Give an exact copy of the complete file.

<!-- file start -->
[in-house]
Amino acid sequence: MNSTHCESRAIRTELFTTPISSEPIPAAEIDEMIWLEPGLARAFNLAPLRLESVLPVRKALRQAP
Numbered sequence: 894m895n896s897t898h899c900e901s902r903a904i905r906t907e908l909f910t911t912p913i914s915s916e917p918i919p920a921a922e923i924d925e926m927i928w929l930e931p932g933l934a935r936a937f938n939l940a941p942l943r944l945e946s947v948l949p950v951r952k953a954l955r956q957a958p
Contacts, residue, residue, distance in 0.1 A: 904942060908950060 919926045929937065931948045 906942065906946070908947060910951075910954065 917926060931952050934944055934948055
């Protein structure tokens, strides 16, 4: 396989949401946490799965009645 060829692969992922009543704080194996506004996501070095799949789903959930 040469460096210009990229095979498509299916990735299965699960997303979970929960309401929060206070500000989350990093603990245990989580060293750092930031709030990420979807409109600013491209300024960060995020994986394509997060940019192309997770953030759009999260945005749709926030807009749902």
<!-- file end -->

[in-house]
Amino acid sequence: MNSTHCESRAIRTELFTTPISSEPIPAAEIDEMIWLEPGLARAFNLAPLRLESVLPVRKALRQAP
Numbered sequence: 894m895n896s897t898h899c900e901s902r903a904i905r906t907e908l909f910t911t912p913i914s915s916e917p918i919p920a921a922e923i924d925e926m927i928w929l930e931p932g933l934a935r936a937f938n939l940a941p942l943r944l945e946s947v948l949p950v951r952k953a954l955r956q957a958p
Contacts, residue, residue, distance in 0.1 A: 904942060908950060 919926045929937065931948045 906942065906946070908947060910951075910954065 917926060931952050934944055934948055
């Protein structure tokens, strides 16, 4: 396989949401946490799965009645 060829692969992922009543704080194996506004996501070095799949789903959930 040469460096210009990229095979498509299916990735299965699960997303979970929960309401929060206070500000989350990093603990245990989580060293750092930031709030990420979807409109600013491209300024960060995020994986394509997060940019192309997770953030759009999260945005749709926030807009749902």